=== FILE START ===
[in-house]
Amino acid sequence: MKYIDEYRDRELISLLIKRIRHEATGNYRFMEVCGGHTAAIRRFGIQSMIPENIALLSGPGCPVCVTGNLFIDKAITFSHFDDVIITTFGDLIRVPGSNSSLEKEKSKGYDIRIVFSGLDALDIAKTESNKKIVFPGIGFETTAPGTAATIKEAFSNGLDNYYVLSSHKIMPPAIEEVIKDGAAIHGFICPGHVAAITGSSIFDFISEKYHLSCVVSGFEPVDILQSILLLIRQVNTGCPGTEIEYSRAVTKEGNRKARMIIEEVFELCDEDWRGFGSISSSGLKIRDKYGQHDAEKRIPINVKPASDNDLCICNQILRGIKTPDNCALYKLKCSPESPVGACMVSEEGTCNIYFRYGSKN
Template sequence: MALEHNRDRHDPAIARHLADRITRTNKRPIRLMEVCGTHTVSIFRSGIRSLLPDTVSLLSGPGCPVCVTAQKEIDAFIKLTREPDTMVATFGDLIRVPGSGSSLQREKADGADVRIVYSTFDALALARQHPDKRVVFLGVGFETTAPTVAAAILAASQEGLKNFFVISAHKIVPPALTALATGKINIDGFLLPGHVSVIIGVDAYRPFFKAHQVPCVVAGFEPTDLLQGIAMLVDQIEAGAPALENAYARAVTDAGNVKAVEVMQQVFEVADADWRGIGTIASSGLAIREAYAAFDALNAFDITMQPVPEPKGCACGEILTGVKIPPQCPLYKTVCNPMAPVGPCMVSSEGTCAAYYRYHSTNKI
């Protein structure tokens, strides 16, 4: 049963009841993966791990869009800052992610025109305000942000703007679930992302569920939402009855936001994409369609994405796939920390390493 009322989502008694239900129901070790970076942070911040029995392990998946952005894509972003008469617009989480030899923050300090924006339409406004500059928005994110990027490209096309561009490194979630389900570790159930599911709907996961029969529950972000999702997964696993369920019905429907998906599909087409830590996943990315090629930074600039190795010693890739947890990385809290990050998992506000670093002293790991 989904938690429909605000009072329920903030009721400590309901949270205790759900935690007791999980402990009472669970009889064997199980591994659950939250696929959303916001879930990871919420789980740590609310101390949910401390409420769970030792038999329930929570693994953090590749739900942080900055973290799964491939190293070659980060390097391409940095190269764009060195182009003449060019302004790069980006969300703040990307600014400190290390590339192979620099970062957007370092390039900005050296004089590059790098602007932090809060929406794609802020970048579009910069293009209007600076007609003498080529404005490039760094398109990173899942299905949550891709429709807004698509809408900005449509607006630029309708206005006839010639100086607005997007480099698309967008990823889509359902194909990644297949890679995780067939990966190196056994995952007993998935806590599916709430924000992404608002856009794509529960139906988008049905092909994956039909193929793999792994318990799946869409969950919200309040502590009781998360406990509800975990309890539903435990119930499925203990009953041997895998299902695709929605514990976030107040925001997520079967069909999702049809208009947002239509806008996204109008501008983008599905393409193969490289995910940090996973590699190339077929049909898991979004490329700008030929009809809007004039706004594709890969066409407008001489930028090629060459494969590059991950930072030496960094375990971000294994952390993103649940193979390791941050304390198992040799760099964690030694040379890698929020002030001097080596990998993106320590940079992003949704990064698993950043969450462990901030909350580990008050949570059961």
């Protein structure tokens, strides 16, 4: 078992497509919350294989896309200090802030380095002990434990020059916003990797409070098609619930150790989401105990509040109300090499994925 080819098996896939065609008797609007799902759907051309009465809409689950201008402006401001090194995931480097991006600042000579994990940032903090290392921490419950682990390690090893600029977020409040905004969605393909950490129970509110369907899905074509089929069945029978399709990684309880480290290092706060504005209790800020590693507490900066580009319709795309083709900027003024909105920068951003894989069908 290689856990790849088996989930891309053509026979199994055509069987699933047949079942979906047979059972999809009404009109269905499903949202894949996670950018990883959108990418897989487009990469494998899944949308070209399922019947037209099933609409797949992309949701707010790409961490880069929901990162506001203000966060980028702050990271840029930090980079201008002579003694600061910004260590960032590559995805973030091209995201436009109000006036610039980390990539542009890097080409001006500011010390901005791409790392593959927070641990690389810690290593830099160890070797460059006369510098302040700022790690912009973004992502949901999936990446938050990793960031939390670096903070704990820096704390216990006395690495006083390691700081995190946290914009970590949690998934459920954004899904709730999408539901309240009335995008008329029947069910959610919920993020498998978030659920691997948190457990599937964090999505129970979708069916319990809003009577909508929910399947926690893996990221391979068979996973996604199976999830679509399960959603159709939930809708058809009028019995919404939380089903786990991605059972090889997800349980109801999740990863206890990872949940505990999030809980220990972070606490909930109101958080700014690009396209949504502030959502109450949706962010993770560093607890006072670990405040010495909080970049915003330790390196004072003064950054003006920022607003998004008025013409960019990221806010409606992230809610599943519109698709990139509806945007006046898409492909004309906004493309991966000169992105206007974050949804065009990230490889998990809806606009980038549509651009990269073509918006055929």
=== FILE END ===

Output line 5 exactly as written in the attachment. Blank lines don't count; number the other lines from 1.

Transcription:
């Protein structure tokens, strides 16, 4: 078992497509919350294989896309200090802030380095002990434990020059916003990797409070098609619930150790989401105990509040109300090499994925 080819098996896939065609008797609007799902759907051309009465809409689950201008402006401001090194995931480097991006600042000579994990940032903090290392921490419950682990390690090893600029977020409040905004969605393909950490129970509110369907899905074509089929069945029978399709990684309880480290290092706060504005209790800020590693507490900066580009319709795309083709900027003024909105920068951003894989069908 290689856990790849088996989930891309053509026979199994055509069987699933047949079942979906047979059972999809009404009109269905499903949202894949996670950018990883959108990418897989487009990469494998899944949308070209399922019947037209099933609409797949992309949701707010790409961490880069929901990162506001203000966060980028702050990271840029930090980079201008002579003694600061910004260590960032590559995805973030091209995201436009109000006036610039980390990539542009890097080409001006500011010390901005791409790392593959927070641990690389810690290593830099160890070797460059006369510098302040700022790690912009973004992502949901999936990446938050990793960031939390670096903070704990820096704390216990006395690495006083390691700081995190946290914009970590949690998934459920954004899904709730999408539901309240009335995008008329029947069910959610919920993020498998978030659920691997948190457990599937964090999505129970979708069916319990809003009577909508929910399947926690893996990221391979068979996973996604199976999830679509399960959603159709939930809708058809009028019995919404939380089903786990991605059972090889997800349980109801999740990863206890990872949940505990999030809980220990972070606490909930109101958080700014690009396209949504502030959502109450949706962010993770560093607890006072670990405040010495909080970049915003330790390196004072003064950054003006920022607003998004008025013409960019990221806010409606992230809610599943519109698709990139509806945007006046898409492909004309906004493309991966000169992105206007974050949804065009990230490889998990809806606009980038549509651009990269073509918006055929």